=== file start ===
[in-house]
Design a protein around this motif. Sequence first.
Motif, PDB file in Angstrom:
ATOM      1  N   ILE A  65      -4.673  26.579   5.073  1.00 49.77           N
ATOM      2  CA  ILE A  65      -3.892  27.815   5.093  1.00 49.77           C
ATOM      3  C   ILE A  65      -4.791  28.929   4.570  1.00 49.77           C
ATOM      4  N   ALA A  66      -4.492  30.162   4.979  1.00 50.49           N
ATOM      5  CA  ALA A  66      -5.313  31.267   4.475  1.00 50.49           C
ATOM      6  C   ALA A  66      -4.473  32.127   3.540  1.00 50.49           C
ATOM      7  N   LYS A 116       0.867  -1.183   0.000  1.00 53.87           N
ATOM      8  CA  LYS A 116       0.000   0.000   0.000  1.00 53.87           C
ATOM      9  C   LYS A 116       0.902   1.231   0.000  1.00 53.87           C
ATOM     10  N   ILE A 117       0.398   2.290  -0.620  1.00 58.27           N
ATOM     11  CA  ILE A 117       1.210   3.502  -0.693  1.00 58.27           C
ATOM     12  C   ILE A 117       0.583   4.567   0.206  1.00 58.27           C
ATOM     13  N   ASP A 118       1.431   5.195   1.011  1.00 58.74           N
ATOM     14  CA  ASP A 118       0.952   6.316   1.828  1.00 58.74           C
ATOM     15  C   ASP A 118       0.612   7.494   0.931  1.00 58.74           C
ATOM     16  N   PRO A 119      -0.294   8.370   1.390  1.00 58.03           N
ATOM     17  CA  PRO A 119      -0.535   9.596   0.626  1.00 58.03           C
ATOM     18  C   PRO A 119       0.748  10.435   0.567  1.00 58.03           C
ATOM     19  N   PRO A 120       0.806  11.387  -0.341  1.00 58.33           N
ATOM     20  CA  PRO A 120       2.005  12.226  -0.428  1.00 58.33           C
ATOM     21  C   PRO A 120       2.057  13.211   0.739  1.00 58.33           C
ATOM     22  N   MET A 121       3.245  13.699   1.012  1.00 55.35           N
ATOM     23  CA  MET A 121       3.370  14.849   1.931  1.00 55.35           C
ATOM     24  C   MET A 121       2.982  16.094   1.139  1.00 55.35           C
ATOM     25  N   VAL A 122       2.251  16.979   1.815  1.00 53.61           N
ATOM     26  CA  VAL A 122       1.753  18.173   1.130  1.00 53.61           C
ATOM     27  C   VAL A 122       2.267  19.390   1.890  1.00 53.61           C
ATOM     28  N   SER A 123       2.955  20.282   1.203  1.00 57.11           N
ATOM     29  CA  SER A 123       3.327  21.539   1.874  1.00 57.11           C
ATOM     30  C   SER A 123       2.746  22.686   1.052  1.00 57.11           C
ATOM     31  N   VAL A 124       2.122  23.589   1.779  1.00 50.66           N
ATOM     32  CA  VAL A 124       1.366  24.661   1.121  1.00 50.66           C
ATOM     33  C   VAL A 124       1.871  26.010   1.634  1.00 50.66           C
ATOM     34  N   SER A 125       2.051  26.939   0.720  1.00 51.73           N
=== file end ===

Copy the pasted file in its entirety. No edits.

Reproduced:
[in-house]
Design a protein around this motif. Sequence first.
Motif, PDB file in Angstrom:
ATOM      1  N   ILE A  65      -4.673  26.579   5.073  1.00 49.77           N
ATOM      2  CA  ILE A  65      -3.892  27.815   5.093  1.00 49.77           C
ATOM      3  C   ILE A  65      -4.791  28.929   4.570  1.00 49.77           C
ATOM      4  N   ALA A  66      -4.492  30.162   4.979  1.00 50.49           N
ATOM      5  CA  ALA A  66      -5.313  31.267   4.475  1.00 50.49           C
ATOM      6  C   ALA A  66      -4.473  32.127   3.540  1.00 50.49           C
ATOM      7  N   LYS A 116       0.867  -1.183   0.000  1.00 53.87           N
ATOM      8  CA  LYS A 116       0.000   0.000   0.000  1.00 53.87           C
ATOM      9  C   LYS A 116       0.902   1.231   0.000  1.00 53.87           C
ATOM     10  N   ILE A 117       0.398   2.290  -0.620  1.00 58.27           N
ATOM     11  CA  ILE A 117       1.210   3.502  -0.693  1.00 58.27           C
ATOM     12  C   ILE A 117       0.583   4.567   0.206  1.00 58.27           C
ATOM     13  N   ASP A 118       1.431   5.195   1.011  1.00 58.74           N
ATOM     14  CA  ASP A 118       0.952   6.316   1.828  1.00 58.74           C
ATOM     15  C   ASP A 118       0.612   7.494   0.931  1.00 58.74           C
ATOM     16  N   PRO A 119      -0.294   8.370   1.390  1.00 58.03           N
ATOM     17  CA  PRO A 119      -0.535   9.596   0.626  1.00 58.03           C
ATOM     18  C   PRO A 119       0.748  10.435   0.567  1.00 58.03           C
ATOM     19  N   PRO A 120       0.806  11.387  -0.341  1.00 58.33           N
ATOM     20  CA  PRO A 120       2.005  12.226  -0.428  1.00 58.33           C
ATOM     21  C   PRO A 120       2.057  13.211   0.739  1.00 58.33           C
ATOM     22  N   MET A 121       3.245  13.699   1.012  1.00 55.35           N
ATOM     23  CA  MET A 121       3.370  14.849   1.931  1.00 55.35           C
ATOM     24  C   MET A 121       2.982  16.094   1.139  1.00 55.35           C
ATOM     25  N   VAL A 122       2.251  16.979   1.815  1.00 53.61           N
ATOM     26  CA  VAL A 122       1.753  18.173   1.130  1.00 53.61           C
ATOM     27  C   VAL A 122       2.267  19.390   1.890  1.00 53.61           C
ATOM     28  N   SER A 123       2.955  20.282   1.203  1.00 57.11           N
ATOM     29  CA  SER A 123       3.327  21.539   1.874  1.00 57.11           C
ATOM     30  C   SER A 123       2.746  22.686   1.052  1.00 57.11           C
ATOM     31  N   VAL A 124       2.122  23.589   1.779  1.00 50.66           N
ATOM     32  CA  VAL A 124       1.366  24.661   1.121  1.00 50.66           C
ATOM     33  C   VAL A 124       1.871  26.010   1.634  1.00 50.66           C
ATOM     34  N   SER A 125       2.051  26.939   0.720  1.00 51.73           N